How Can Blockchain Ensure Data Reproducibility and Transparency in Clinical Trials

How Can Blockchain Ensure Data Reproducibility and Transparency in Clinical Trials?


Data is core to everything digital. This makes data security of utmost importance, especially when human lives depend on it. And today, an immutable shared ledger powered by cryptography that enables digital agreements called smart contracts is possibly the best Data security technology available for the protection of digital data. Here, we are talking about Blockchain Technology and its applications in Clinical Trials. Data Reproducibility and Transparency are the two major areas where Blockchain implementation can help.

Problems with the Current Clinical Trials Process

The success of pharmaceutical companies depends on their newly researched drugs successfully passing the clinical trial process. These brands put heaps of money in the research process of the drugs and are under immense pressure to make sure the drug clears the trials. It is because of this reason, some of them try to influence the methodology followed by the clinical trial companies to produce results in their favour.

Rectifying the methodology issues is one of the great challenges in clinical research. Often, lack of reproducibility related to a wide range of scientific misconduct aspects, from errors to intentional falsification of data, compromises the outcomes of a clinical study and weakens research quality. The process involves taking consent from the patients, recording them, and then sharing it with investigators, the review committee, and sponsors. Currently, the methods available to perform these tasks are prone to errors and alternations.

How Can Blockchain Help?

The main reason behind the lack of reproducibility is the inability to store the data inputs in terms of

  • Sequence
  • Parameters
  • State of the subject/environment/drug
  • Quantity of the test subjects
  • Standardize format

so that it will produce the desired output always, given the same data inputs. Blockchain can do wonders in this regard. It can record the whole process, by preserving every minute detail in a step-by-step manner with a timestamp on an immutable shared ledger. The data integrity is taken care of by cryptographic validation to eliminate any falsification of data.

The complete study protocol including the probable test outcomes and the planned analysis is saved in the form of a text file and fed into an algorithm known as SHA256. These can be only viewed by authorized users that include patients, investigators, reviewing authorities, and investors. After each of them gives their consent, their proof of consent to the study protocol and the protocol itself is recorded immutably on the Blockchain in the form of smart contracts.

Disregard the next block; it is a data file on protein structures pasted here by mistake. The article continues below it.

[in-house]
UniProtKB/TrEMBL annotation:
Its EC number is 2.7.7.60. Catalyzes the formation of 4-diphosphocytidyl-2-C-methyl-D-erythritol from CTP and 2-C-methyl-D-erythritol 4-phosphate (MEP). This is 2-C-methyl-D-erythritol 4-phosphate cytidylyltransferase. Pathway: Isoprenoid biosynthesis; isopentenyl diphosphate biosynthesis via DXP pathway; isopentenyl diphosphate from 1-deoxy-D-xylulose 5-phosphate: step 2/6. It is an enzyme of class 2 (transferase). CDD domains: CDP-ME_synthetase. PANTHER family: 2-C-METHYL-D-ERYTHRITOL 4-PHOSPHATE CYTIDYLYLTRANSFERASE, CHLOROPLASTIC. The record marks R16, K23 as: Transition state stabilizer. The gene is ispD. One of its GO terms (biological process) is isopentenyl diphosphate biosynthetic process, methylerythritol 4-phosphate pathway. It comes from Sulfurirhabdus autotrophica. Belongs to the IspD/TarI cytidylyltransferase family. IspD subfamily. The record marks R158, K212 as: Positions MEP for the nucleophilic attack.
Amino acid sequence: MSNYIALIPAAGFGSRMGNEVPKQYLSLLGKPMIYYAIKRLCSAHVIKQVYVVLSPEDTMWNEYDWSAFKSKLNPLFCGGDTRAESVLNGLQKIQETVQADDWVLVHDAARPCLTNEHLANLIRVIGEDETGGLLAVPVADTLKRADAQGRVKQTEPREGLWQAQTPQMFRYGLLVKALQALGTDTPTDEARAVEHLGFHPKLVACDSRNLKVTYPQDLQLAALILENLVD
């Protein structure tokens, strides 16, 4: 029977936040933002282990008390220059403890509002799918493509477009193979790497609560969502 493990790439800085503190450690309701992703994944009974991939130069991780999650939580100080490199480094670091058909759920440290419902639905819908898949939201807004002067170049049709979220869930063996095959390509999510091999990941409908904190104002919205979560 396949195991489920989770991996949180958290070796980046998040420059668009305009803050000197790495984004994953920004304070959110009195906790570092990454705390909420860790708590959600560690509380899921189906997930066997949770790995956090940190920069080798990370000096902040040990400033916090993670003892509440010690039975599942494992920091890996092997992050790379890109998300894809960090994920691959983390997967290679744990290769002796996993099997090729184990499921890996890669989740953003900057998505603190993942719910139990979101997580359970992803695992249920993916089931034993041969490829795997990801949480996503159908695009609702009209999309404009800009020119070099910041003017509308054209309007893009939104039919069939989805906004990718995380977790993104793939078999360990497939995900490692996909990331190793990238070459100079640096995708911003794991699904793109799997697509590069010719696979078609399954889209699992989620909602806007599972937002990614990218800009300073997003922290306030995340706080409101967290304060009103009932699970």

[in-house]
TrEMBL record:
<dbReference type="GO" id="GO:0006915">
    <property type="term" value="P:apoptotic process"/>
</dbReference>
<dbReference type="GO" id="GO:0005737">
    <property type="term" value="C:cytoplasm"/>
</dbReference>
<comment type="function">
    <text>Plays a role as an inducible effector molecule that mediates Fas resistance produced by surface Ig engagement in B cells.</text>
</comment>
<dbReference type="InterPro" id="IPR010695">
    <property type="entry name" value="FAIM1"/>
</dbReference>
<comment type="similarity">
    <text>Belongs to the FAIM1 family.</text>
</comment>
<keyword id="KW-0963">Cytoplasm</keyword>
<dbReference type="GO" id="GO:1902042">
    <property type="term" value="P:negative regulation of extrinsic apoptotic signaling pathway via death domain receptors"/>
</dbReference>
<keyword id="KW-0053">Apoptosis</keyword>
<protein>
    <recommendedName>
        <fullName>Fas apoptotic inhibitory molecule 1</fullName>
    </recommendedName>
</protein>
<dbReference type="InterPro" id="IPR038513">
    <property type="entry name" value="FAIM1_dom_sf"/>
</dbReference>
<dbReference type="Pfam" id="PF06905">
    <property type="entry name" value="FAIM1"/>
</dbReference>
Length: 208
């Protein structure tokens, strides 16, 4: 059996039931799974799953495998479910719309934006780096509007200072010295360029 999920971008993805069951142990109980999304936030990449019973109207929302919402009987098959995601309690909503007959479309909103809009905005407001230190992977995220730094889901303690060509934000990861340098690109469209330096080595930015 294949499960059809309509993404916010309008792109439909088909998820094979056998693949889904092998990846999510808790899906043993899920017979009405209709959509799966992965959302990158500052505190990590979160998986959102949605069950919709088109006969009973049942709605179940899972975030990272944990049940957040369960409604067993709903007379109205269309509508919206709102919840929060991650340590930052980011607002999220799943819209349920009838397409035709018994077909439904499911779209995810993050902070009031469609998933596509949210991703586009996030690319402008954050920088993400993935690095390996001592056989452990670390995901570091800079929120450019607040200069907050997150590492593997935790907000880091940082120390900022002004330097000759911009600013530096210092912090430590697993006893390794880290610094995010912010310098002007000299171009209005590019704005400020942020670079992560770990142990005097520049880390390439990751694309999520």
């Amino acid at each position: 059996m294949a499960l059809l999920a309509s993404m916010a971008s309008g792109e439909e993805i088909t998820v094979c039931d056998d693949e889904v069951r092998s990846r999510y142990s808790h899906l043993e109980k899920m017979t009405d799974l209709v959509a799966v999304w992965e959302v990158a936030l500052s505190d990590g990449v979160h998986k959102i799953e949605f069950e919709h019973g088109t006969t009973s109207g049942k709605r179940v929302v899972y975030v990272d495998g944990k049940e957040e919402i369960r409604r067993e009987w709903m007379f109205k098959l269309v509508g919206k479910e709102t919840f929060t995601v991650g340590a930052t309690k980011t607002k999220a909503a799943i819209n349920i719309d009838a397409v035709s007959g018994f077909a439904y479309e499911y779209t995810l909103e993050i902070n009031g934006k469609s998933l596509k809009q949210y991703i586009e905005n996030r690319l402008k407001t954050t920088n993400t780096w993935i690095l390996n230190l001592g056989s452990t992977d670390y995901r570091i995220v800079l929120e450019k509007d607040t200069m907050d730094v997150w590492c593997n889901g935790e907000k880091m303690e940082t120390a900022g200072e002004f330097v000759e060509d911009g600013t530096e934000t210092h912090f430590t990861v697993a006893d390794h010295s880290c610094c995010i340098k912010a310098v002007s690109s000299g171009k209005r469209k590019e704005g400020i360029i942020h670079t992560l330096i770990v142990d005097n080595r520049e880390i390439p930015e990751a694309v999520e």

This ensures that all the probable test outcomes have been accounted for. In such a scenario, it becomes compulsory for the research report to have all the information and any missing links/alterations can be easily pointed out. Since the results can’t be altered, the clinical trial organizations are thus bounded to produce complete results about the probable test outcomes and the planned analysis. This is how Blockchain can impart much-needed transparency to the whole clinical trial process.

Current Status of Blockchain Adoption in Life Sciences

According to a survey done by Pistoia Alliance, 60% of pharmaceutical/life science companies are either using or experimenting with Blockchain in 2018. Out of the companies surveyed, 55% think that the lack of skilled Blockchain professionals is one of the major barriers to adoption. Not only life sciences but there are also many independent Blockchain-based projects being developed for recording and sharing medical records.


Blockchain technology has opened up new doors in clinical research by structuring a more transparent, auditable process. It can secure clinical trial integrity and can result in the community-driven Internet of research data, gathering researchers and patient communities in a decentralized ecosystem, which can lead to more secure and transparent clinical research analysis.